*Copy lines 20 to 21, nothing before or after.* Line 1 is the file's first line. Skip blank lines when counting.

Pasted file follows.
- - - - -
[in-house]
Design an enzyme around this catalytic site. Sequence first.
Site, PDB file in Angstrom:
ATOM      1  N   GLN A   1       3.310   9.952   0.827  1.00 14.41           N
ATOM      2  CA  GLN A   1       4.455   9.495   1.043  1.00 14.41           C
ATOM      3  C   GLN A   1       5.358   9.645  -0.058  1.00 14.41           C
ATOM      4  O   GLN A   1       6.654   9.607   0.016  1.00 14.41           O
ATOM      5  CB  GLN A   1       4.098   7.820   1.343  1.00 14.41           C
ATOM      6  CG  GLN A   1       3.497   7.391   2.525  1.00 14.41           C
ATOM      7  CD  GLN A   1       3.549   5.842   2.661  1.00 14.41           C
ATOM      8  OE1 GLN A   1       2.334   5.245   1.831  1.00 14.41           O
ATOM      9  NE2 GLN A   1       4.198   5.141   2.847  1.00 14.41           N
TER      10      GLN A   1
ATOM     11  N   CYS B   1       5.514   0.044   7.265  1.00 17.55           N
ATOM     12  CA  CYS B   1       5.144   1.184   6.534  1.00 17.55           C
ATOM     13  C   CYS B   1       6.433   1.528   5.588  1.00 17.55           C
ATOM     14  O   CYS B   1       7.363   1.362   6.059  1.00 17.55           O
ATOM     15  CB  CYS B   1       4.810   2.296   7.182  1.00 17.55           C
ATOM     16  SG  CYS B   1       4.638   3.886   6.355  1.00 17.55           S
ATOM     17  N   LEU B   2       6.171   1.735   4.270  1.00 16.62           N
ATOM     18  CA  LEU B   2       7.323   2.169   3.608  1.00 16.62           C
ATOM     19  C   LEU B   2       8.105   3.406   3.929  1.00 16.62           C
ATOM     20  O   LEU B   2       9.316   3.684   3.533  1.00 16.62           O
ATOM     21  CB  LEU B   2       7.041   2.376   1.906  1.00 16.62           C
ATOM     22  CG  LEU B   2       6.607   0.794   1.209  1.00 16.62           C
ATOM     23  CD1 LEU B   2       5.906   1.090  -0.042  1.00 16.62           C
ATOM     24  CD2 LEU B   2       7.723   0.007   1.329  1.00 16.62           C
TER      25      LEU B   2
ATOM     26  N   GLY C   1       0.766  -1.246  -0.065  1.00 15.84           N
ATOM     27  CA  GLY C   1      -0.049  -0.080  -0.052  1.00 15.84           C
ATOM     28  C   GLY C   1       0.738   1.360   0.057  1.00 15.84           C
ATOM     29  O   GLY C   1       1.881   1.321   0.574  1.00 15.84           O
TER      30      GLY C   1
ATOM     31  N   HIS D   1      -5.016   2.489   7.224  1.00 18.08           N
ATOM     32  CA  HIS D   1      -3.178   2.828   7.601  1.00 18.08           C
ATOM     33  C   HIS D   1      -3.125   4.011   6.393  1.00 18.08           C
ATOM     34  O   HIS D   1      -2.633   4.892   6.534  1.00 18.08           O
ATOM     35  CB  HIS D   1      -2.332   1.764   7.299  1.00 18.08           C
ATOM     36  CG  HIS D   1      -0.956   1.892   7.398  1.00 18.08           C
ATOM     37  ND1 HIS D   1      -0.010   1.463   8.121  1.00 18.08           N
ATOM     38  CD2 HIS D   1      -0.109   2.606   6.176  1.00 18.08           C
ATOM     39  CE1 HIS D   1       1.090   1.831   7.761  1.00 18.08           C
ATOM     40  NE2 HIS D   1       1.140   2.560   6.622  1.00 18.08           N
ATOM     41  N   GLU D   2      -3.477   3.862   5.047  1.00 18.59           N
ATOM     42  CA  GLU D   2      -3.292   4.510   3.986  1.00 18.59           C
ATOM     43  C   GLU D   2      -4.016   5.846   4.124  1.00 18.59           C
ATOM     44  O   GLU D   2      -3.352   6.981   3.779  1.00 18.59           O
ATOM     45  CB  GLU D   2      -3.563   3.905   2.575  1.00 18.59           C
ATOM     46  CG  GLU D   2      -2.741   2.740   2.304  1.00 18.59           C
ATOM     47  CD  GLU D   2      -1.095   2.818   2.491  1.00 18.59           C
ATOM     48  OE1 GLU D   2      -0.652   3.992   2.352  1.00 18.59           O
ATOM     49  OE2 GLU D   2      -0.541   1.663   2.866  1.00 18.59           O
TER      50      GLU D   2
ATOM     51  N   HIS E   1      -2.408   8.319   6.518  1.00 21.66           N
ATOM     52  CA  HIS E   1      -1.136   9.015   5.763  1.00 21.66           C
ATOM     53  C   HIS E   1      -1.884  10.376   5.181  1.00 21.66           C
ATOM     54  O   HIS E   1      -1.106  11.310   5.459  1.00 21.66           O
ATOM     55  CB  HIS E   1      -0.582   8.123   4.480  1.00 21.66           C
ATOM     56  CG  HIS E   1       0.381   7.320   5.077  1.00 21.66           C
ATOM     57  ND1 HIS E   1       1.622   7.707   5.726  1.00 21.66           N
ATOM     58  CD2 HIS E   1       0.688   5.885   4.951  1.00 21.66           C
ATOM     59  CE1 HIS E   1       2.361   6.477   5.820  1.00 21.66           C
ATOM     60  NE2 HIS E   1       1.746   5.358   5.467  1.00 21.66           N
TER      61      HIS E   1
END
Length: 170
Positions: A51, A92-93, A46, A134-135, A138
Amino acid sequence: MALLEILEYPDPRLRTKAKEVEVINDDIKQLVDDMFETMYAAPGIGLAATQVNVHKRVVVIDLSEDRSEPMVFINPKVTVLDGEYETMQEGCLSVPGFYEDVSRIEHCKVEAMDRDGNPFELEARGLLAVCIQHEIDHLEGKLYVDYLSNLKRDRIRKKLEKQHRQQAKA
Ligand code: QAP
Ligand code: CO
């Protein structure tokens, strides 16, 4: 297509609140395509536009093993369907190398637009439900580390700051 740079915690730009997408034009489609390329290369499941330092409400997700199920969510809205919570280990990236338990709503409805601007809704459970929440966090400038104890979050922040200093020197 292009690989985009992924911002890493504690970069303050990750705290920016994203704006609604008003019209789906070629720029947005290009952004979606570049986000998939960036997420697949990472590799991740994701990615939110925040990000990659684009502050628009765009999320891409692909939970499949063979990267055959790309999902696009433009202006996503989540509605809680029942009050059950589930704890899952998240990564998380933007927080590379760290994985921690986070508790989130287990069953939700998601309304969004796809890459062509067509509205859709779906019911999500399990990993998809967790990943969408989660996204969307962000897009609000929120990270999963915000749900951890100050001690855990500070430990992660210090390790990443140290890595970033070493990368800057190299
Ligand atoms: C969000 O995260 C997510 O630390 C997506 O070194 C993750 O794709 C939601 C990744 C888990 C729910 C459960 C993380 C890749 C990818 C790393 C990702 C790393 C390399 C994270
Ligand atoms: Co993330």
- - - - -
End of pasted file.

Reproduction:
ATOM     17  N   LEU B   2       6.171   1.735   4.270  1.00 16.62           N
ATOM     18  CA  LEU B   2       7.323   2.169   3.608  1.00 16.62           C